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Details of Grant 

EPSRC Reference: EP/K01658X/1
Title: Graphene three-dimensional networks
Principal Investigator: Saiz Gutierrez, Professor E
Other Investigators:
Mattevi, Dr C Shaffer, Professor M Bismarck, Professor A
Reece, Professor M Li, Professor K Peijs, Professor T
Researcher Co-Investigators:
Project Partners:
DSM Graphenea S.A. Kennametal (Global)
LiqTech International Morgan Crucible Repsol
Sabic Europe Thomas Swan
Department: Materials
Organisation: Imperial College London
Scheme: Standard Research
Starts: 01 February 2013 Ends: 31 January 2017 Value (£): 1,914,243
EPSRC Research Topic Classifications:
Manufact. Enterprise Ops& Mgmt
EPSRC Industrial Sector Classifications:
Energy Electronics
Related Grants:
Panel History:
Panel DatePanel NameOutcome
15 Nov 2012 Graphene Engineering Interview Announced
31 Oct 2012 Graphene Engineering Sift Deferred
Summary on Grant Application Form
Graphene and its derivatives exhibit unprecedented combinations of properties: tuneable electrical and optical response, high intrinsic mechanical response, chemical versatility, tuneable permeability, extremely high surface area >3000m2/g... The incorporation of graphene in practical devices will open new technological opportunities in a wide number of technologies such as catalysis, supercapacitors, membranes and multifunctional polymer and ceramic composites. In order to combine optimum functional and mechanical properties, these devices will often have complex structures with characteristic features at multiple lengths scales from the nano to the macro level. For example, foams with open micro-scale porosity to allow gas access and nano-scale pores to enhance surface area, membranes that will combine ceramic supports with graphene layers of controlled permeability or multilayer structures with layer thickness ranging from micro to nanolevels. The scientific and engineering challenge is the development of manufacturing approaches to build these devices in a reliable and cost-effective manner.

Wet-processing techniques based on the use of liquid particulate suspensions, or solutions have made very significant advances in the last years. They are reliable, robust, and efficient. Now they are using to build materials with increasing degrees of precision, down to nano-levels and are having an increasing impact in a wide range of technologies. With the advent of solution processable graphene, we strongly believe that there is an often overlooked opportunity to develop wet processing technologies to build graphene-based devices. However, the development of these techniques will depend on two key issues: establishing a reliable path for the large scale synthesis of powders with controlled size and chemistry and understanding the basic physicochemical parameters that determine the response of graphene suspensions.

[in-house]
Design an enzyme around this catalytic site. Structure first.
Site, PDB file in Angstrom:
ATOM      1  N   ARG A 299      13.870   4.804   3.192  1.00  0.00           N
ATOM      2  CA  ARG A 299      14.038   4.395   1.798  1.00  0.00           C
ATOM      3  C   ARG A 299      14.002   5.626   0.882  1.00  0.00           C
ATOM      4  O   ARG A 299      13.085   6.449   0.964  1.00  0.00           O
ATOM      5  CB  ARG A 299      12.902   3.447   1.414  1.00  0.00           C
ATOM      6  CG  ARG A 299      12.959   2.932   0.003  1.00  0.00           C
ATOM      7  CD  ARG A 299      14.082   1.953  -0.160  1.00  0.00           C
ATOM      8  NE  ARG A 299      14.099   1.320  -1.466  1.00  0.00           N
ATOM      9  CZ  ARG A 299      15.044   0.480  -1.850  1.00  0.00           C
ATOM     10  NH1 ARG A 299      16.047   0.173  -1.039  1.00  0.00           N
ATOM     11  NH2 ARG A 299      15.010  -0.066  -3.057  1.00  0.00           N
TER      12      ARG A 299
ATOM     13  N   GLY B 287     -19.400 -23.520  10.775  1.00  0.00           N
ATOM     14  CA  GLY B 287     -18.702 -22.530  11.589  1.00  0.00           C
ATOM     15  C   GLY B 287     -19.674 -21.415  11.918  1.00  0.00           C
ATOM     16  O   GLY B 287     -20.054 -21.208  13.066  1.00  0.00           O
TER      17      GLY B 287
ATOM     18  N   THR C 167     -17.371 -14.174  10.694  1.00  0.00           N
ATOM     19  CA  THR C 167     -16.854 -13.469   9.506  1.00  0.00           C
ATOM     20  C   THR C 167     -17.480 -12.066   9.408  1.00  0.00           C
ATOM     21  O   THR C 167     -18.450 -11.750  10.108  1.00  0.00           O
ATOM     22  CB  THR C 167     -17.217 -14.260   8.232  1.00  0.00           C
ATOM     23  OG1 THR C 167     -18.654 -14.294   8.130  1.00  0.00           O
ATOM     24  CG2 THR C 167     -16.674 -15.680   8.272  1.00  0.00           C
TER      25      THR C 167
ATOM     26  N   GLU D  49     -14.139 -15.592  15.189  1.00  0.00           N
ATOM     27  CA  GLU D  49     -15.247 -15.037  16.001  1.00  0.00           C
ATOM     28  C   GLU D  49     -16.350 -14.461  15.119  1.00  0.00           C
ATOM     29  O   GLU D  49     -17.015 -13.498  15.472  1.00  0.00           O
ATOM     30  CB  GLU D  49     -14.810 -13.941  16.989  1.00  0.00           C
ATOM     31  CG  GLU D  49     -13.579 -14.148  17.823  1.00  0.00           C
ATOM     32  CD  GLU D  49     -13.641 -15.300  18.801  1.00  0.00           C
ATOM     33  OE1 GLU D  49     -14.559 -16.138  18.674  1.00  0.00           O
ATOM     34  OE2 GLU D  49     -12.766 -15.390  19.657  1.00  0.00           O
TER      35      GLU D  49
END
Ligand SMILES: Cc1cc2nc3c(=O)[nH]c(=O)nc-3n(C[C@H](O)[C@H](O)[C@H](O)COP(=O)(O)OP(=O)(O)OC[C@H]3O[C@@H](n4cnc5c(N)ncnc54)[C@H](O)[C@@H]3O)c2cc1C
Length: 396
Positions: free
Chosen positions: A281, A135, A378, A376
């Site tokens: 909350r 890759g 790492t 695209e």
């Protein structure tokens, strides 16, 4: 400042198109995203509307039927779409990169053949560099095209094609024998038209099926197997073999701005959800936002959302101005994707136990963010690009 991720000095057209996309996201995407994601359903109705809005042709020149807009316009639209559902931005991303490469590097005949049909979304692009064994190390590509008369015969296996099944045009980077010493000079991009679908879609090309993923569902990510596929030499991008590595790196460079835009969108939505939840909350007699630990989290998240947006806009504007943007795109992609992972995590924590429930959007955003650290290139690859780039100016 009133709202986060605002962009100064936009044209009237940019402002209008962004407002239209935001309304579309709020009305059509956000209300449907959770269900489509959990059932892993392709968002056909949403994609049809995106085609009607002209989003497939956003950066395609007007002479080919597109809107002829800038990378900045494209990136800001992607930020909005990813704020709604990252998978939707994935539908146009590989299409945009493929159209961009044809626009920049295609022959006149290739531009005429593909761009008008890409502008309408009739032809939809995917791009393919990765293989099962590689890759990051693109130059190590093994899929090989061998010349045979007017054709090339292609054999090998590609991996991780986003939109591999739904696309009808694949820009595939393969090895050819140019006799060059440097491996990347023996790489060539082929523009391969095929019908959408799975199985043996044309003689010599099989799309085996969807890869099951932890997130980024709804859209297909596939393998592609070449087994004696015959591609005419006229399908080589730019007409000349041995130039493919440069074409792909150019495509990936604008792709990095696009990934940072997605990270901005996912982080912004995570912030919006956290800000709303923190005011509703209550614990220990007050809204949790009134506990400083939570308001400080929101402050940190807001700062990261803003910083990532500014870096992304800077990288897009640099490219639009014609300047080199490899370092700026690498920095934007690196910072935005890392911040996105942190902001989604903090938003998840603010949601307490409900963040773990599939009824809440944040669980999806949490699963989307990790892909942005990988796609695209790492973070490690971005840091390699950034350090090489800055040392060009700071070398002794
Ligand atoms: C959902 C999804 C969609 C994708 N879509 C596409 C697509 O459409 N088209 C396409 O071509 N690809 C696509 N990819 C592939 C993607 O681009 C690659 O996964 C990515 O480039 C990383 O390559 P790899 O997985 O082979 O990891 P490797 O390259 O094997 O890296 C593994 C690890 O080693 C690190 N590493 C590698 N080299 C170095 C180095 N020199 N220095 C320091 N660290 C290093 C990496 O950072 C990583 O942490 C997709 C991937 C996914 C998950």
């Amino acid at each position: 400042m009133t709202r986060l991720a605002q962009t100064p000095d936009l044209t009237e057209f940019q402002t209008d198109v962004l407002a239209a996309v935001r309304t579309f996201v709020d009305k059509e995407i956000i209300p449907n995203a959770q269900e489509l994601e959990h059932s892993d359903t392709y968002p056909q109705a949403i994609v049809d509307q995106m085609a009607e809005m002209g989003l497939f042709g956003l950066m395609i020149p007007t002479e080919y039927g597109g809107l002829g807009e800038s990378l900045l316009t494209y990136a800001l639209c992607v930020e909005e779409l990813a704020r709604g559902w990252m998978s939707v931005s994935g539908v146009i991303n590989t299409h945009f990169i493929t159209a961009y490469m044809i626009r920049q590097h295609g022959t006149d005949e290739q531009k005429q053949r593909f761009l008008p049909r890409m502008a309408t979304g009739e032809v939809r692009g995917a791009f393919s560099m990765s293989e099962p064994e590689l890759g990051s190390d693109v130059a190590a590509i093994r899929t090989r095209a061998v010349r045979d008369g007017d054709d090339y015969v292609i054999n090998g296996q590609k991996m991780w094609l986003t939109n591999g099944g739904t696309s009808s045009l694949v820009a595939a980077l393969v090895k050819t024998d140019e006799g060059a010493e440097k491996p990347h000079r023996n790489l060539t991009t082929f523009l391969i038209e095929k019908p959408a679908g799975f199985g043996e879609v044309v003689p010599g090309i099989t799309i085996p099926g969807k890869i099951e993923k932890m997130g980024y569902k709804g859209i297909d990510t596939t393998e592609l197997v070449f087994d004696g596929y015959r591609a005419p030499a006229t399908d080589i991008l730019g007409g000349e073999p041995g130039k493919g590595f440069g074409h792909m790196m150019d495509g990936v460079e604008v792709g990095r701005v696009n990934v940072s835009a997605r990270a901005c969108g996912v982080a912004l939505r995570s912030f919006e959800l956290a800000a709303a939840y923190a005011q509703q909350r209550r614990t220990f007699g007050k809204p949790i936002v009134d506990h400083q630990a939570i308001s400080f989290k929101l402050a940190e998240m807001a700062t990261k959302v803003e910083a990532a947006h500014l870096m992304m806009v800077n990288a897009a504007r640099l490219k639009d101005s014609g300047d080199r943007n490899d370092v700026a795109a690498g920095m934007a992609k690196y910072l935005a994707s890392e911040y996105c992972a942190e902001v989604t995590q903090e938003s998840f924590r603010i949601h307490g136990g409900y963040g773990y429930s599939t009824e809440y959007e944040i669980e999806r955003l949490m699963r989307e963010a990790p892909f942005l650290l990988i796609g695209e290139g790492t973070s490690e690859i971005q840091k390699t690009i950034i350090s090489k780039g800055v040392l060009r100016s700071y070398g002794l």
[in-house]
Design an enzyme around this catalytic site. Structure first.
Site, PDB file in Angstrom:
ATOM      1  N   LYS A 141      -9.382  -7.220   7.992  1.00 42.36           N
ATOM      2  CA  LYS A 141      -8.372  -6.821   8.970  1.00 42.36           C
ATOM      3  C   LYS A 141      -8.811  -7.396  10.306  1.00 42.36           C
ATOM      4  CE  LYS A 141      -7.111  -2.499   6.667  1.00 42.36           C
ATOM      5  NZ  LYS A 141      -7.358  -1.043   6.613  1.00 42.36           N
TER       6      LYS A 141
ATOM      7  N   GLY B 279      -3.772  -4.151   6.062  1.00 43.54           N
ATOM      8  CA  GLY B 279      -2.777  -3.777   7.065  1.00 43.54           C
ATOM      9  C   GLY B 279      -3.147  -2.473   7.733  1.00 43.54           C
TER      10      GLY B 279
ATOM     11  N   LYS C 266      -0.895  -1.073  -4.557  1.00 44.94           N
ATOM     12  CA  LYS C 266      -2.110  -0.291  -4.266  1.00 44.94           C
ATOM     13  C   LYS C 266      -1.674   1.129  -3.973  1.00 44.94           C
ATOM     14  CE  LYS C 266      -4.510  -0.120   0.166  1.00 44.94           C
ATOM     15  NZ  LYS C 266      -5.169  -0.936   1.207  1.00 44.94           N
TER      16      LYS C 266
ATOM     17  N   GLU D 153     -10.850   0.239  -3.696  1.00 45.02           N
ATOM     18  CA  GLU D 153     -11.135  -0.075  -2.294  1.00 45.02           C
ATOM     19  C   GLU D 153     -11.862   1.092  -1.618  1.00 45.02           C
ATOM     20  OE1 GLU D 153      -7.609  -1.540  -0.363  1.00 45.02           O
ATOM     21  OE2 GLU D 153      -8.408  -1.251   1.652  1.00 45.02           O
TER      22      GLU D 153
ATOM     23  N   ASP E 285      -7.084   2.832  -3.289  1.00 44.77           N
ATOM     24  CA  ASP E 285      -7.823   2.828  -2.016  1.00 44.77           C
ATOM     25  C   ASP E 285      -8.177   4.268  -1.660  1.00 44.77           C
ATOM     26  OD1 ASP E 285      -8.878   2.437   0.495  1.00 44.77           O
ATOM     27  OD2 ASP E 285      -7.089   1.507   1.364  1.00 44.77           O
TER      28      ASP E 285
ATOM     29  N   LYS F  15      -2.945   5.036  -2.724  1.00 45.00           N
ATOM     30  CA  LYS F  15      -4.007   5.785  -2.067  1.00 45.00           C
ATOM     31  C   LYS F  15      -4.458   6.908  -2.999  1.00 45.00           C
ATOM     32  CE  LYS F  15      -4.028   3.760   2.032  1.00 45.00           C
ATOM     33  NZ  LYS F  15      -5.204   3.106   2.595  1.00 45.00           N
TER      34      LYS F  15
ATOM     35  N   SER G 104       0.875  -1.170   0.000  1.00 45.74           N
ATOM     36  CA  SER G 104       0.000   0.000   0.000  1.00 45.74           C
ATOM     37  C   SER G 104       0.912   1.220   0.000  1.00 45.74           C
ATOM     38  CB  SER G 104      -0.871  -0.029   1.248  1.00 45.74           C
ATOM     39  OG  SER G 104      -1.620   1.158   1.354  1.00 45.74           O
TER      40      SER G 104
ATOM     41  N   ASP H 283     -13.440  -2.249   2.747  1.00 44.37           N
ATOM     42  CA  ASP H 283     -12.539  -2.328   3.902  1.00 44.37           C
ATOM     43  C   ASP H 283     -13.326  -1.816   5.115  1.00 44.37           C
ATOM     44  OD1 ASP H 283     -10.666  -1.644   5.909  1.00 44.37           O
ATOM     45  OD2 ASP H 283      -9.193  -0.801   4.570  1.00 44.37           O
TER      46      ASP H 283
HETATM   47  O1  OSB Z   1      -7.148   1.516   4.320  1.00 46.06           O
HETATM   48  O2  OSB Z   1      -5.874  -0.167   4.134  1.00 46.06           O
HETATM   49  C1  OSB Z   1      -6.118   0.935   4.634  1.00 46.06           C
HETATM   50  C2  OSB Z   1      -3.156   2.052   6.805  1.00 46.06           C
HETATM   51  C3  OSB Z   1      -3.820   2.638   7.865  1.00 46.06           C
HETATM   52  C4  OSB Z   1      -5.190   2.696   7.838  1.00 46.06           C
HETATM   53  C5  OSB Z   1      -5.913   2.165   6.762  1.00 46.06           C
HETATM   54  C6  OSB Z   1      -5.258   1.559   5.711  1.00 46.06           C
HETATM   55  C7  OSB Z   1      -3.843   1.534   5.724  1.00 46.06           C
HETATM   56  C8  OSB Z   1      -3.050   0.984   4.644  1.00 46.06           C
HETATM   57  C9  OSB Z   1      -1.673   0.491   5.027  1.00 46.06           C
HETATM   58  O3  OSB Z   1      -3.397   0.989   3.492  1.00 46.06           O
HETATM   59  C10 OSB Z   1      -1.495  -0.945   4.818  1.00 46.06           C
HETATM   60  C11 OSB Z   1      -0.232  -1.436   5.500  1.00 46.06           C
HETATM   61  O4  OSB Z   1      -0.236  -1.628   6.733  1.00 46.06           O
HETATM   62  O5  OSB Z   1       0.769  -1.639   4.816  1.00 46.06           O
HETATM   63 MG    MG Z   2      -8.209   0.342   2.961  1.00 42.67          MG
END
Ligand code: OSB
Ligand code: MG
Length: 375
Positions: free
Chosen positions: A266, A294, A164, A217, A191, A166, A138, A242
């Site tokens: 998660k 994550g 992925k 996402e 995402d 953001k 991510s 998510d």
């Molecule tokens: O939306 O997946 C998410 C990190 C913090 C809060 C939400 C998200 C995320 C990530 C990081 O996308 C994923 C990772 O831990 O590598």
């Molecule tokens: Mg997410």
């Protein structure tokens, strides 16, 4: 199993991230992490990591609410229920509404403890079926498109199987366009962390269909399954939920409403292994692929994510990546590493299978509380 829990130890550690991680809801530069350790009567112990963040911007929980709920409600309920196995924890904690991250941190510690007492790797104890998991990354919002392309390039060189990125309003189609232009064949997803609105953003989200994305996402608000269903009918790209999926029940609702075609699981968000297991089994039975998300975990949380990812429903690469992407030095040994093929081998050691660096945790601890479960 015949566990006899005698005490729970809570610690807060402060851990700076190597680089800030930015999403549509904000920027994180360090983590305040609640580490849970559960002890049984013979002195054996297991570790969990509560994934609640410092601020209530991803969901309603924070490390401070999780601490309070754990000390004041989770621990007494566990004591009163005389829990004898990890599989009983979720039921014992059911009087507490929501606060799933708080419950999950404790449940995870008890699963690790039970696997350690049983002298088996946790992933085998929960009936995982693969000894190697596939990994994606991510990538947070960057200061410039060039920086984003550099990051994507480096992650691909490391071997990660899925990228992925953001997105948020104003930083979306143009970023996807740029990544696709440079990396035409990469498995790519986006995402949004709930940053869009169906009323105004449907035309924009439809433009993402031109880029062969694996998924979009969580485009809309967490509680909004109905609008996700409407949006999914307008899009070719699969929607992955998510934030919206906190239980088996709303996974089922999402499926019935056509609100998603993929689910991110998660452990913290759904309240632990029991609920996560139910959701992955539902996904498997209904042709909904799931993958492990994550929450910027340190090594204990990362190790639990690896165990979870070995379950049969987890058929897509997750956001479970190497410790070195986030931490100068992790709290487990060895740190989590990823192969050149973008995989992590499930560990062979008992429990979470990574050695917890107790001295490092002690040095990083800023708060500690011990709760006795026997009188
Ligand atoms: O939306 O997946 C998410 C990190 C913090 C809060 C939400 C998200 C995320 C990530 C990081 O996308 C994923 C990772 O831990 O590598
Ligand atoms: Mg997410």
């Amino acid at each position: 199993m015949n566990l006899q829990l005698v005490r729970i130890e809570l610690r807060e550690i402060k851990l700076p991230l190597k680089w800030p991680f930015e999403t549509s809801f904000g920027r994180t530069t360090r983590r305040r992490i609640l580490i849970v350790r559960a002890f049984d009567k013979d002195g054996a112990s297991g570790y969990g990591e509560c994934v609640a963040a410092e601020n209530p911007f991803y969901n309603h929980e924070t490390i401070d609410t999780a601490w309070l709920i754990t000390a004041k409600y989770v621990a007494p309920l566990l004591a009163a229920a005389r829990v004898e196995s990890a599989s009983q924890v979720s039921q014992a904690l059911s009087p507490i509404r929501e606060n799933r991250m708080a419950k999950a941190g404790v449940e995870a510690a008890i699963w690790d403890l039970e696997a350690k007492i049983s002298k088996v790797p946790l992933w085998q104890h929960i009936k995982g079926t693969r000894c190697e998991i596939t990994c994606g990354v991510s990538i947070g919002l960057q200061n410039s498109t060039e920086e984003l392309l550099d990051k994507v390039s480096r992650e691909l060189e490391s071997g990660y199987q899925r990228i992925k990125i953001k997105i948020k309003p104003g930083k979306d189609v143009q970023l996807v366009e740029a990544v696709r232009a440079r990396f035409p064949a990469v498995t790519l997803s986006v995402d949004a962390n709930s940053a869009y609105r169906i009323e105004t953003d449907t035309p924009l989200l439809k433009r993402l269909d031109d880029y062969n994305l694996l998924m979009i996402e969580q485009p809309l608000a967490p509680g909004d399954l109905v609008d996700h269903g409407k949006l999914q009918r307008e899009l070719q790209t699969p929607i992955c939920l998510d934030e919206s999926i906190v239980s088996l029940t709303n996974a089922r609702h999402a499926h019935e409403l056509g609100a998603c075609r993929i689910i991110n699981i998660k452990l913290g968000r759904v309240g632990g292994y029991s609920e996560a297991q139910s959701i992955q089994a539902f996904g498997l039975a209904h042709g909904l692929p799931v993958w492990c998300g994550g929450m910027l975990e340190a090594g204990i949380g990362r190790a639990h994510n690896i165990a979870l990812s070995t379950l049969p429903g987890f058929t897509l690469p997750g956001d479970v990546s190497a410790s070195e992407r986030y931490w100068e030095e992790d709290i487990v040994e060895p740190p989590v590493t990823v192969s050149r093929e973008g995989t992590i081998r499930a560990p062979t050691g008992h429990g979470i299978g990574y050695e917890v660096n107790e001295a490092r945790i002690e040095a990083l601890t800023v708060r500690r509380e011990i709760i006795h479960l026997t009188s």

This project puts together a multidiscilplinary team with the objective to develop new wet-processing manufacturing approaches to build graphene-based 3D structures for selected technological applications. The project will cover basic scientific and engineering aspects such as powder synthesis and the basic analysis of the physicochemical parameters that control the response of colloidal suspensions of two dimensional materials. We plan to use a coordinated approach that by simultaneously developing a suite of processing approaches (from emulsification, 3D printing, layer-by-layer deposition, aerogels...) will be able to define and address the many common scientific and engineering issues and generate a synergistic effect that will push technological development. An essential part of our approach is the emphasis on specific technological applications (supercapacitors, membranes, electrochemical devices...). This emphasis will serve to focus the development of our manufacturing approaches towards specific goals, providing clear directions for structural manipulation and enhancing tremendously the technological impact of this project. By systematically analyzing the performance of our structures in these applications we will also define the key principles that should guide the design of graphene-based devices in order to optimize their functional and mechanical response.

This project will break new ground and uncover new scientific principles and technologies that will have a lasting impact not only on the implementation of graphene but also for a whole new family of emergent two dimensional materials whose unique properties are poised to change the way we design and build devices for a wide range of fields in the upcoming years.

Key Findings
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Organisation Website: http://www.imperial.ac.uk